|Government Overrides Council over Super Sewer Site|
Action "reduces chances of delay" to "nationally significant project"
The Government has stepped in to override Hammersmith and Fulham Council over plans for the Carnwath Road site which is Thames Water's preferred location for an access shaft to the proposed Thames Tunnel, or the super sewer as it is widely known.
The council says a Government official, representing the Secretary of State for Communities and Local Government (DCLG), wrote to the council this week to say: "Without specific authorisation from DCLG, your authority cannot grant planning permission, or enter into any agreement or other arrangements, or pass any resolution, in connection with the possible grant of planning permission".
The council has reacted angrily to the letter, saying it appears to to pave the way for the site to be used by Thames Water as a construction site.
This intention has been confirmed by a Communities and Local Government spokesman, who says: " The Government considers the Thames Tunnel to be a nationally significant infrastructure project and our decisive action now reduces the chance of delay and the possibility of escalating costs from sites being lost that may potentially be needed for building this project."
Cllr Nick Botterill H&F Council Deputy Leader says: " This is a bolt out of the blue that fundamentally goes against the Government’s localism agenda."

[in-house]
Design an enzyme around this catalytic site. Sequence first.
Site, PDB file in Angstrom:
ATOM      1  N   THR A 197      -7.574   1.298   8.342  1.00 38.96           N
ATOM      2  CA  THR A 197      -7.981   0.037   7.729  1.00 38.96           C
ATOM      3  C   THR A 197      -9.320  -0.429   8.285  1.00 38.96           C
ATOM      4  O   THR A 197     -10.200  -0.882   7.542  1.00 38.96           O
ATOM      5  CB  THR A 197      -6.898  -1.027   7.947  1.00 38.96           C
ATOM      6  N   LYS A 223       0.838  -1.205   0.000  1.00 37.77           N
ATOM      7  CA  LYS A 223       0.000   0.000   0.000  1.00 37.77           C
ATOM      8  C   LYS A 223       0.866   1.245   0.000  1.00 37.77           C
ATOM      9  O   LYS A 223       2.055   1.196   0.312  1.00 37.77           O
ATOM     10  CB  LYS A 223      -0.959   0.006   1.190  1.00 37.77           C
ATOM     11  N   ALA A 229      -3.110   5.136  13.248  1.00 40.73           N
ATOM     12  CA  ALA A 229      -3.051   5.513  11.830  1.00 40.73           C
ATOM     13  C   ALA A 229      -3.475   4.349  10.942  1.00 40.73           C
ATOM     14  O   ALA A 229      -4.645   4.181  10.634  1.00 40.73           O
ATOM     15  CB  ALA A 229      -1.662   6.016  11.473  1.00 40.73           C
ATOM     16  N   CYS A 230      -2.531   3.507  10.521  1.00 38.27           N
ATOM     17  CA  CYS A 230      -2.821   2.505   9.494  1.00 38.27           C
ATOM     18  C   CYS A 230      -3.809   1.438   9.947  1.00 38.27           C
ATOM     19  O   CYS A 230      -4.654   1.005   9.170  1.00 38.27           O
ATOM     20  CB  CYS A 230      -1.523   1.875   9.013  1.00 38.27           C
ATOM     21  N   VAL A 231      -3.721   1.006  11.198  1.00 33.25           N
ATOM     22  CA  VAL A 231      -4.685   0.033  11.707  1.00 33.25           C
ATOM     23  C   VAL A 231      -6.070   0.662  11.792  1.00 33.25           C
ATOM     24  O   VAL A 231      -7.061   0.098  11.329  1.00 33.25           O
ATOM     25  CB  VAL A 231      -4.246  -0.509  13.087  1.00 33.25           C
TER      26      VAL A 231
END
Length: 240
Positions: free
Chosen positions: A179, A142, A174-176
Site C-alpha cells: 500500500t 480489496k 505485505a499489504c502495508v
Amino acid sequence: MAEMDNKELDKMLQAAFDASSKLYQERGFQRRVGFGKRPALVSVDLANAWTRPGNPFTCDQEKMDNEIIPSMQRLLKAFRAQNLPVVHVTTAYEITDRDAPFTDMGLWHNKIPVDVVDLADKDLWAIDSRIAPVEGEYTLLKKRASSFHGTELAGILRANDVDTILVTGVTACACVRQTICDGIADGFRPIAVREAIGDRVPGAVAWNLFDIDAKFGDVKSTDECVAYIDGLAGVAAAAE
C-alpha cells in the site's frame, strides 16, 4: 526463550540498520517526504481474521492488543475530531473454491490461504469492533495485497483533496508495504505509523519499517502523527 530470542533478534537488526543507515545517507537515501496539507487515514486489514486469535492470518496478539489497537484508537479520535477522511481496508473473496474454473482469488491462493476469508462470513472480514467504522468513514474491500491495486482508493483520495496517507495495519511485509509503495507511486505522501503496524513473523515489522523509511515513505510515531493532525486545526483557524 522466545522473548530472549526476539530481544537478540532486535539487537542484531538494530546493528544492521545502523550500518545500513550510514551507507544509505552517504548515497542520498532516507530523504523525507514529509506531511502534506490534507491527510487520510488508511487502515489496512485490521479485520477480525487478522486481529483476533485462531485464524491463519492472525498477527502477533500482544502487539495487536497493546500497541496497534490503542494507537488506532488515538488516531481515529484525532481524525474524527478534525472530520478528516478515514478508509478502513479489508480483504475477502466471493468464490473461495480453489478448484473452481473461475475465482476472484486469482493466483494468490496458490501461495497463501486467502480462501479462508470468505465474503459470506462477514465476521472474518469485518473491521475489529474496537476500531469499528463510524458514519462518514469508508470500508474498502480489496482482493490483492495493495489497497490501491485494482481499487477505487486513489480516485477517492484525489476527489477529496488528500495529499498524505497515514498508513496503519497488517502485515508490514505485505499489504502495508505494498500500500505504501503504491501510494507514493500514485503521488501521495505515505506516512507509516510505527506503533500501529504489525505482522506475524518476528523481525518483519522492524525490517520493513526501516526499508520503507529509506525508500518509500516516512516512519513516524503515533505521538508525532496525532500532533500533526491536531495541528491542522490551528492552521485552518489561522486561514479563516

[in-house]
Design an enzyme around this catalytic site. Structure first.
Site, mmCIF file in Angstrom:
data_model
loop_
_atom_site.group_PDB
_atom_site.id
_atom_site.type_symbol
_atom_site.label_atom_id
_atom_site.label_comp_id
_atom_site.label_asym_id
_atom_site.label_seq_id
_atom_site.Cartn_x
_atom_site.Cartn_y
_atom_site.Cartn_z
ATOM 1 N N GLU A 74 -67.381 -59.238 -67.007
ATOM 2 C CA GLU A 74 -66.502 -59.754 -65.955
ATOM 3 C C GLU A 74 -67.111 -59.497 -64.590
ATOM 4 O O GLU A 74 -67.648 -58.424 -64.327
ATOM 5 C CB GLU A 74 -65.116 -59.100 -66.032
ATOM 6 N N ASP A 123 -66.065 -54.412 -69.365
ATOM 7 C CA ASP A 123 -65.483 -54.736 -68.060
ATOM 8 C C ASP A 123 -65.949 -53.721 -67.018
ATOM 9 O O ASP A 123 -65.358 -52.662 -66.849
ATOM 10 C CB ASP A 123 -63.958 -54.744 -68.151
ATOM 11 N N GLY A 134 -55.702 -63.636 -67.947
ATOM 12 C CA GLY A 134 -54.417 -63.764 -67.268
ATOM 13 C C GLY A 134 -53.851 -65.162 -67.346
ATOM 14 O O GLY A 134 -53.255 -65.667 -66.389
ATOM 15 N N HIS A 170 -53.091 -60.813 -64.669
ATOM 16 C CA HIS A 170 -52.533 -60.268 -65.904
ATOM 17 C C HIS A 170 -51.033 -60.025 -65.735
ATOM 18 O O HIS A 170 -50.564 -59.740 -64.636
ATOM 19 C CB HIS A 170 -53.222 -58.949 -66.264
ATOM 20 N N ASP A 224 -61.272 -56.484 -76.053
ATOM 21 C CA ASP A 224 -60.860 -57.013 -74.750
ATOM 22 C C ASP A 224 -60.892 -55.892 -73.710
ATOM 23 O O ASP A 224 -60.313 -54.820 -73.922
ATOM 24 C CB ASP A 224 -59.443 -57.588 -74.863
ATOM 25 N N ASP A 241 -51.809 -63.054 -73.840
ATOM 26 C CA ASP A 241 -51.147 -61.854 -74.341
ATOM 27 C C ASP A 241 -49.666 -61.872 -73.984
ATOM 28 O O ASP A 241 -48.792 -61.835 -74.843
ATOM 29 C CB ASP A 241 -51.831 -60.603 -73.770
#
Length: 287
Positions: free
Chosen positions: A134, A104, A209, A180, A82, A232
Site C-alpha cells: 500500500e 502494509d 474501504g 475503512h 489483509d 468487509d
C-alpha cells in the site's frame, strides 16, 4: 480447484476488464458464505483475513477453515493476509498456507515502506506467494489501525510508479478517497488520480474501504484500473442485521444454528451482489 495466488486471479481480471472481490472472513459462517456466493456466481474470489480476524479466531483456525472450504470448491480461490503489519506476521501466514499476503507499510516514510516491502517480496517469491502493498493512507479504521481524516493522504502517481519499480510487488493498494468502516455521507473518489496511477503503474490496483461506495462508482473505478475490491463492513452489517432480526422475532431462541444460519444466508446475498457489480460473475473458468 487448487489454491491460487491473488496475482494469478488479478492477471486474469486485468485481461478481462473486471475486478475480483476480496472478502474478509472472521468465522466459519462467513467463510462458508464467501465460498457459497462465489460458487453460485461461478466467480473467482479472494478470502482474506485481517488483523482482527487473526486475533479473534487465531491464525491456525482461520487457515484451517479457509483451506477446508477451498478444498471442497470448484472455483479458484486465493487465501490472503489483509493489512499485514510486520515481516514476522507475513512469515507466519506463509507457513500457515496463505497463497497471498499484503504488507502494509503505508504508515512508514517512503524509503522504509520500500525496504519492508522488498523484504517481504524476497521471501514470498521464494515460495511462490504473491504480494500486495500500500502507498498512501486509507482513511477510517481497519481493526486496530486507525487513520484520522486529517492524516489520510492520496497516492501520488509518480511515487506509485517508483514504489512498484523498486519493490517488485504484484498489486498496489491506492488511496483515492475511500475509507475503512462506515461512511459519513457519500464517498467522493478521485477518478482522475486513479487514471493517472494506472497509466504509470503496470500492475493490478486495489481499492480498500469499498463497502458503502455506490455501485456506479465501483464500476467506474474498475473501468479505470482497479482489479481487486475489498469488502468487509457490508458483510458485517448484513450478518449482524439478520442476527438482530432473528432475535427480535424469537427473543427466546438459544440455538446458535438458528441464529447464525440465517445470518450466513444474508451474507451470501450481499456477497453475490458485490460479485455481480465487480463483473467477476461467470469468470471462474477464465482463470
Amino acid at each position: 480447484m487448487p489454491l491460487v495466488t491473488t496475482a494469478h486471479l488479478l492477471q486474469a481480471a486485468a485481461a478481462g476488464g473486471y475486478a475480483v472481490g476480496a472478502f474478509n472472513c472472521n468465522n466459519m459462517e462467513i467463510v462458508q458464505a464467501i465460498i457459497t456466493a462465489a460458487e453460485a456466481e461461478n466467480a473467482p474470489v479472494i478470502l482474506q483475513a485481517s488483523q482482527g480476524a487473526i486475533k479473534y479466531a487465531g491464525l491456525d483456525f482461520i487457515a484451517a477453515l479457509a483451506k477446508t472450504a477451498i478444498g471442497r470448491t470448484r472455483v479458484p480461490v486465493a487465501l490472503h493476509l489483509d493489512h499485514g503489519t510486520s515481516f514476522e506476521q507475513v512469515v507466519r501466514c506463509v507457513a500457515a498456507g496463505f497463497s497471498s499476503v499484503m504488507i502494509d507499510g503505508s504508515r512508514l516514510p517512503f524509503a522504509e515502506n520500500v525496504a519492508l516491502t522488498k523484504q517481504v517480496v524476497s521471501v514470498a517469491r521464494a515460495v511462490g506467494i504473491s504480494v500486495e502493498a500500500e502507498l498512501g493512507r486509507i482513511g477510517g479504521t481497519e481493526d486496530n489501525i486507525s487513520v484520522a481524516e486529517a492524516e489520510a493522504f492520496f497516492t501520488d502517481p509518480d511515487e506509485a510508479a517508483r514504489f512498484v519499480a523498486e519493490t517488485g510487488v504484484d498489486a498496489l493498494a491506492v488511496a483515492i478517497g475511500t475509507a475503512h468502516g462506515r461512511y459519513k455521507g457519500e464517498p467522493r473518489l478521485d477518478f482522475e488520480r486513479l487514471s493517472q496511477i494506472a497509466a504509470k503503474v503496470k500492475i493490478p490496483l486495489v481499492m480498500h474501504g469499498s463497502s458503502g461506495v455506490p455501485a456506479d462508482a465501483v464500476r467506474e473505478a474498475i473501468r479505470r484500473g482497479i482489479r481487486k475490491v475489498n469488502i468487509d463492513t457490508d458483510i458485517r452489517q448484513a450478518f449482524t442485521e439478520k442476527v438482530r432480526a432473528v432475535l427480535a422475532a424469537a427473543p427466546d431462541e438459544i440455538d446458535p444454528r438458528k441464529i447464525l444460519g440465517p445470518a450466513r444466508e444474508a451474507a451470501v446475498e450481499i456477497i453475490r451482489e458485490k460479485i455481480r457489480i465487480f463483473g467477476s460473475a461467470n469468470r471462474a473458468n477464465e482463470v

As well as vocally campaigning against the Thames Tunnel project, H&F Council is supporting protests from groups of residents living in the surrounding area.
The proposed site, to the west of Wandsworth Bridge, collectively called Carnwath Road Riverside by Thames Water incorporates Carnwath Road Industrial Estate and Whiffin and Hurlingham Wharves.
Construction would take around six years and would result in an industrial building on the site as well as the access shaft beneath. Thames Water has produced an image of what the building might look like.
The council's plans for the site, as outlined in its South Fulham Riverside draft supplementary planning document are for different redevelopment plans, which it says would transform the area from its industrial past into a new residential mixed-use area.
These plans, which it says received overwhelming support from residents at recent workshops coordinated by the Prince’s Foundation, include the construction of at least 2,200 new homes, plus shops, community facilities, public spaces and the opening up of the river for water based uses.
However, the plans brings the council into direct conflict with both Mayor Boris Johnson and the Port of London Authority. Hurlingham Wharf, part of the land on Carnwath Road earmarked by Thames Water is a safeguarded wharf, which means it is protected from redevelopment into non-port use.
Of the 25 safeguarded wharves west of the Thames Barrier, Hurlingham is one of three chosen to be brought back into industrial use. After being disused for some years, the wharf is currently being used as an open storage site.
Cllr Botterill says the council will now be exploring its options. "The council, local residents and the landowners have all come together and worked with the Prince of Wales’s Foundation to formulate a master plan for the area and a truly localist approach has been at the heart of our process," he says>
"We will be exploring our options but the Secretary of State does appear to have over stepped his remit as in predetermining the matter of site selection ahead of the formal consultation process which has not concluded.
"We will strongly oppose the destruction of our neighbourhoods and the derailment of vitally needed regeneration proposals to make way for the monstrous white elephant that is Thames Water’s super sewer."
March 2, 2012